In a nutshell, the method generates images by tracing the path of light as pixels and then simulates how they would interact with objects like water, glass, or plants. This results in crisp natural effects, like the glistening of digital, running water and the slivers of light created by the trees in a virtual forrest.
To complement its new graphical capability, Cerny revealed that the PS5 will also support 8K resolution. Since 8K TVs are still eye-wateringly expensive, this might not be a hit feature off the bat. But seeing as the console life cycle lasts five to six years, this is likely a way for Sony to future-proof the PS5.
Finally, the upcoming console will get the usual CPU upgrade. Cerny confirmed that it will be based on on the third generation of AMD’s Ryzen line which contains eight cores of the company’s new 7-nanometer Zen 2 microarchitecture.
PS5 Details: VR Reverse Compatibility
Two recent patents and the Pastebin leaks all suggest that Sony will cook up a new PSVR headset that will be completely wireless. Cerny didn’t confirm or deny the possibility of a new headset, but he did confirm that the current PSVR hardware will be compatible with the PS5.
“I won’t go into the details of our VR strategy today,” he said, “beyond saying that VR is very important to us and that the current PSVR headset is compatible with the new console.”
Reverse compatibility will make it so current PSVR owners won’t have to spend even more money to enjoy the refined VR capabilities of the PS5. Its custom-made GPU and CPU will likely make for an unmatched VR experience, plus Cerny revealed Sony will also use its improved hardware to focus on more subtle, immersive details.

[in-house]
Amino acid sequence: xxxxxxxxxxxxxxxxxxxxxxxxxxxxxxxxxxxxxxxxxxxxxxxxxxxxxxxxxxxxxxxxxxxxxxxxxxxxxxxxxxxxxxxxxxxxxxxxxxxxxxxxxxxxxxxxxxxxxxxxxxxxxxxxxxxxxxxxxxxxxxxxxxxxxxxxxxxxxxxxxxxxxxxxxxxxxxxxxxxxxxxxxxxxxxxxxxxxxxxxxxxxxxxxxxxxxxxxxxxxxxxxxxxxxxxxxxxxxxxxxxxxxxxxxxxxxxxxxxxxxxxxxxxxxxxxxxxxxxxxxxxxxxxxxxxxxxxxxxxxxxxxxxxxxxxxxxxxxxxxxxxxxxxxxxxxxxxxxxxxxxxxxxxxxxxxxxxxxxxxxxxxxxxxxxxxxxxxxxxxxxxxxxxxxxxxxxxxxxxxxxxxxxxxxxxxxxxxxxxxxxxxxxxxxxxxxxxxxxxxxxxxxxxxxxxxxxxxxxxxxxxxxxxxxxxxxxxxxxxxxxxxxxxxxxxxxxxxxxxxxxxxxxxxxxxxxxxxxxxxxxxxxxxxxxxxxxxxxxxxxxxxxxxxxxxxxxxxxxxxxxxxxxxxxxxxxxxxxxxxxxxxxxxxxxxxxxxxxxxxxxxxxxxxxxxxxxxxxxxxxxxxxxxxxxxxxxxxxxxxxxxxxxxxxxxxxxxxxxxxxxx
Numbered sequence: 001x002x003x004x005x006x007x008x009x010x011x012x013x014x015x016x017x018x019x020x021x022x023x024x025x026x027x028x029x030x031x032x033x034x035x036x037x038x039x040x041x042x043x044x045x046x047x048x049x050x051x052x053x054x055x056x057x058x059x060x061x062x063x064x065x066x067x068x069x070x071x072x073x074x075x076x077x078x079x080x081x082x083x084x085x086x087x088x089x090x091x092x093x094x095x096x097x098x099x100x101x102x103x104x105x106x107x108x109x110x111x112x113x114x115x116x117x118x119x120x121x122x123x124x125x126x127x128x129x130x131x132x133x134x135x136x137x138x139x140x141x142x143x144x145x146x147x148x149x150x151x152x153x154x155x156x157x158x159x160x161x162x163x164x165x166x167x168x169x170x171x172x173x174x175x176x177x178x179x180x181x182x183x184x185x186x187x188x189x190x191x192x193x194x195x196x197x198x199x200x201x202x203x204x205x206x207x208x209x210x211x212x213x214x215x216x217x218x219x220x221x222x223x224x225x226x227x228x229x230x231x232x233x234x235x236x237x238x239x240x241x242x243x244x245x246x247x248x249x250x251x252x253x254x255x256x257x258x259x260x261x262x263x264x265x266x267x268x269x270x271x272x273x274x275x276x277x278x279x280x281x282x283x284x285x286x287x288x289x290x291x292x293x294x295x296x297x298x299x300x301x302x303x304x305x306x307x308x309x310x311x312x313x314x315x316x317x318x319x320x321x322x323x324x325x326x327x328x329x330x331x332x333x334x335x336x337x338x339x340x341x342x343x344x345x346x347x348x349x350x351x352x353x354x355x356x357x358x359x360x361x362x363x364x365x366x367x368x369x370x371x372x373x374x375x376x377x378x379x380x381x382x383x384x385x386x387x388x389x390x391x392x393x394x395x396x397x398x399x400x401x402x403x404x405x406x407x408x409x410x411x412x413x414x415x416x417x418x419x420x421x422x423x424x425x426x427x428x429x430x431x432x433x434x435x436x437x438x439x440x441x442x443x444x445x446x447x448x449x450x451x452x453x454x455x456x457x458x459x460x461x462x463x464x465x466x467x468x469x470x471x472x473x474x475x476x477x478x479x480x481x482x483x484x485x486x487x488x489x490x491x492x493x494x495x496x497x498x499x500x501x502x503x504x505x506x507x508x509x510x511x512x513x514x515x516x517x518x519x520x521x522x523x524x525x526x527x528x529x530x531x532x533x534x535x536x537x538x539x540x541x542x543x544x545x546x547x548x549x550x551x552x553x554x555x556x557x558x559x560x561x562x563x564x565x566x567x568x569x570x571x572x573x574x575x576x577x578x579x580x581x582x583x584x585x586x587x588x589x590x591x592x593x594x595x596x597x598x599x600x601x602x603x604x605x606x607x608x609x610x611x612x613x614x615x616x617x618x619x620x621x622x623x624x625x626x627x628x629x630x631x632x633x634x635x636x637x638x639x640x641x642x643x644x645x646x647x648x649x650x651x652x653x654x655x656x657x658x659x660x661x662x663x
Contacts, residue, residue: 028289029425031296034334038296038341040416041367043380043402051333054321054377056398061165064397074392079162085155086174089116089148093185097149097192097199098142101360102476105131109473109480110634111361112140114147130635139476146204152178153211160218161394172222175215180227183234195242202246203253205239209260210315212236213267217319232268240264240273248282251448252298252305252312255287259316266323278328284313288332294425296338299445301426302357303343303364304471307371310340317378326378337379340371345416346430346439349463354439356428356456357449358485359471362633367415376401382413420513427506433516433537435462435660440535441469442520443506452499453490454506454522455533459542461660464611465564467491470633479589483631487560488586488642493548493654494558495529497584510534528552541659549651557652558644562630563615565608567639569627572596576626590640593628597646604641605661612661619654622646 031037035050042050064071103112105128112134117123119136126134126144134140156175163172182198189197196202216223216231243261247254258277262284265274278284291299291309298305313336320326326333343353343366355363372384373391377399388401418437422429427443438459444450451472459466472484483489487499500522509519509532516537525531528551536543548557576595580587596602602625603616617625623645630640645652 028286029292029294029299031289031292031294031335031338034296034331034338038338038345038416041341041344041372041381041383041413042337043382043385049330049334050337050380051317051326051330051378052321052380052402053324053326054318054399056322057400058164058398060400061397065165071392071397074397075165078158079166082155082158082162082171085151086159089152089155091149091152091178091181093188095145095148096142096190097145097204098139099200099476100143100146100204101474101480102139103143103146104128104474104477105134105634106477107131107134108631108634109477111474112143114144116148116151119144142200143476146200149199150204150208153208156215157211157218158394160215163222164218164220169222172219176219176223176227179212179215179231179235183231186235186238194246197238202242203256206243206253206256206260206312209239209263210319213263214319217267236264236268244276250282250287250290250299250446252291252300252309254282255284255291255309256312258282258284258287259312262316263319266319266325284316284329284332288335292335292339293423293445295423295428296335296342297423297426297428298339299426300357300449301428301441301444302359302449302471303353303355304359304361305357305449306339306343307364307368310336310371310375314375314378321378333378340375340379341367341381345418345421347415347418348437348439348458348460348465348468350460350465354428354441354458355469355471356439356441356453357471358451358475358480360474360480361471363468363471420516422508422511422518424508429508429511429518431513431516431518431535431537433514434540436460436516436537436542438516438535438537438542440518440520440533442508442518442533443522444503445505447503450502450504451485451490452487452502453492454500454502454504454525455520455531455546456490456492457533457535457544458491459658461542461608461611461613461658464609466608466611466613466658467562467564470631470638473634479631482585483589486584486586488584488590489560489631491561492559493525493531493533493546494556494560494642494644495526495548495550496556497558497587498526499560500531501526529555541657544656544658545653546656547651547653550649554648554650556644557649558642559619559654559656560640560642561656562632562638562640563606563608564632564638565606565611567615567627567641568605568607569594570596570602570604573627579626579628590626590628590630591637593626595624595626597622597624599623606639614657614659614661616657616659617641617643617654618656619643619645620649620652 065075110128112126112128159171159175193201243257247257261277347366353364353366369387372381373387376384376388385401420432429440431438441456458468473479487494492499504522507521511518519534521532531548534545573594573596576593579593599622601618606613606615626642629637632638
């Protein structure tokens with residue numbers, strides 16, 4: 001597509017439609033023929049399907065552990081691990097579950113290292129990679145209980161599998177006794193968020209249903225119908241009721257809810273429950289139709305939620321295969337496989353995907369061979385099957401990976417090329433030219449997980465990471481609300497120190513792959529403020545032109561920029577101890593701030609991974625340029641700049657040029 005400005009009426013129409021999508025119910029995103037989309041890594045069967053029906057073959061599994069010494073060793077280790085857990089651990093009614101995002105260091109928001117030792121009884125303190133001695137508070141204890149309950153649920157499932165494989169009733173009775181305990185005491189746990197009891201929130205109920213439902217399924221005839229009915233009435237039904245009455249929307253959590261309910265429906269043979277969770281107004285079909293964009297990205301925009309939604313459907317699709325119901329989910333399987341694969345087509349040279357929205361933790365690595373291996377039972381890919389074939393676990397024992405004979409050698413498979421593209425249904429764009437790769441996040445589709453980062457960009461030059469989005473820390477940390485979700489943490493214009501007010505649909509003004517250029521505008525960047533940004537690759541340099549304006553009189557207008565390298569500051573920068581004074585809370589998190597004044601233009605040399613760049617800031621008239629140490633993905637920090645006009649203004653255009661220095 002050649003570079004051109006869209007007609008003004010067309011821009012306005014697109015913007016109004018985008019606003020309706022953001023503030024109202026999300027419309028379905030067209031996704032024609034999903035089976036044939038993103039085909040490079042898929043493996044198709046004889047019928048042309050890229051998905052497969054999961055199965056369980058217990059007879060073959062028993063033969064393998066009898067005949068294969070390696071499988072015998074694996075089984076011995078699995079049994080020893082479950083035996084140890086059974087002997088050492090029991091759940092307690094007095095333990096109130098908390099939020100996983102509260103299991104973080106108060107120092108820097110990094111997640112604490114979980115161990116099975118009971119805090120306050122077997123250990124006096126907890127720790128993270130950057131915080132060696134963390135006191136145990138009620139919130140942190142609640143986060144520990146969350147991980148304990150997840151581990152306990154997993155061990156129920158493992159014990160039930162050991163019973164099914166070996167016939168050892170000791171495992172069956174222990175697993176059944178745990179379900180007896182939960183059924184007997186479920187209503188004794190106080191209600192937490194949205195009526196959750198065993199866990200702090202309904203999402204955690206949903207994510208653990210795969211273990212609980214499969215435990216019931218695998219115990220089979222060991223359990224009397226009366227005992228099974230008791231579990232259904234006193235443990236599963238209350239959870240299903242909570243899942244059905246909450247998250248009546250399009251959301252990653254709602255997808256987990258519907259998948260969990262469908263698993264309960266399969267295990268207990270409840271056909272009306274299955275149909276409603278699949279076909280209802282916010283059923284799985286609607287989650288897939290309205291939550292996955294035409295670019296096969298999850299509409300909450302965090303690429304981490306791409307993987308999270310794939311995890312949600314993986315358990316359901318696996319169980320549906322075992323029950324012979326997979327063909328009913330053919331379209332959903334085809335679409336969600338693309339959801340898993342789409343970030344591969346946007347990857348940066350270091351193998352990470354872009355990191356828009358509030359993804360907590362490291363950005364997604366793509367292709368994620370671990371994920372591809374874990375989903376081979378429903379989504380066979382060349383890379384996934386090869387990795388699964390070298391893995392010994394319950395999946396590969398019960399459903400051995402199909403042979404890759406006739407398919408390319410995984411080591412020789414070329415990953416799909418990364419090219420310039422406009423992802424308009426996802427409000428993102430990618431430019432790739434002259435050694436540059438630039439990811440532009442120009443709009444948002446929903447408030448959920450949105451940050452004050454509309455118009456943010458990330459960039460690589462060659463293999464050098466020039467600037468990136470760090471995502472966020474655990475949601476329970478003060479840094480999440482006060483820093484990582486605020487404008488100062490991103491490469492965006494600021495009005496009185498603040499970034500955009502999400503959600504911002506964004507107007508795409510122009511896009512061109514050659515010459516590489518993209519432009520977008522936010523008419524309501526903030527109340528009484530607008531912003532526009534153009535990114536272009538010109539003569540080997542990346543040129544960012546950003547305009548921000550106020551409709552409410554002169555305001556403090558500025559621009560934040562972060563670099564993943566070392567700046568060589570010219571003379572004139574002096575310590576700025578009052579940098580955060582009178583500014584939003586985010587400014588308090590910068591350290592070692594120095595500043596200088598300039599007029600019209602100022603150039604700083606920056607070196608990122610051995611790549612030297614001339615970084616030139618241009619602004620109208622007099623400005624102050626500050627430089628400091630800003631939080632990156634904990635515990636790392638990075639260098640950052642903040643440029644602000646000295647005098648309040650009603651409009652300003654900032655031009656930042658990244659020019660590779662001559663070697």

PS5 Details: A Focus on Audio
Graphics will of course be the PS5’s biggest priority, but Cerny noted that the company wants to give gamers an audio experience like no other console.
“As a gamer, it’s been a little bit of a frustration that audio did not change too much between PlayStation 3 and PlayStation 4,” he said. “With the next console the dream is to show how dramatically different the audio experience can be when we apply significant amounts of hardware horsepower to it.”
A feature like this could take the form of extremely immersive VR experiences, where users can hear the rustling of trees or footsteps in the distance. The Pastebin leaks alleged that the rumored, wireless PSVR headset will come with integrated headphones, a leak which seems to align with Cerny’s statements about supporting better audio.
PS5 Details: What Does This All Mean for Price
Cerny didn’t offer any details about what all of this might cost, but these sizable hardware updates will be priced accordingly. Currently, a top-of-the-line PS4 Pro retails for $399; the PS5 will likely blow that figure out of the water.
The priciest PlayStation at launch was a $599, 60GB variant of the PS3 that was released in 2006. But during the ensuing year, Sony reported slow sales for the console, and made its subsequent release roughly $100 cheaper. Based on all the planned upgrades, it sounds like 2020 could be the year Sony tries this higher pricing strategy a second time.
The Pastebin leaks predict it will launch at $499, just a $100 more expensive than the PS4 Pro. But a fully suited out version could approach $599.
Gamers, prepare your wallets. The PS5 likely won’t be cheap.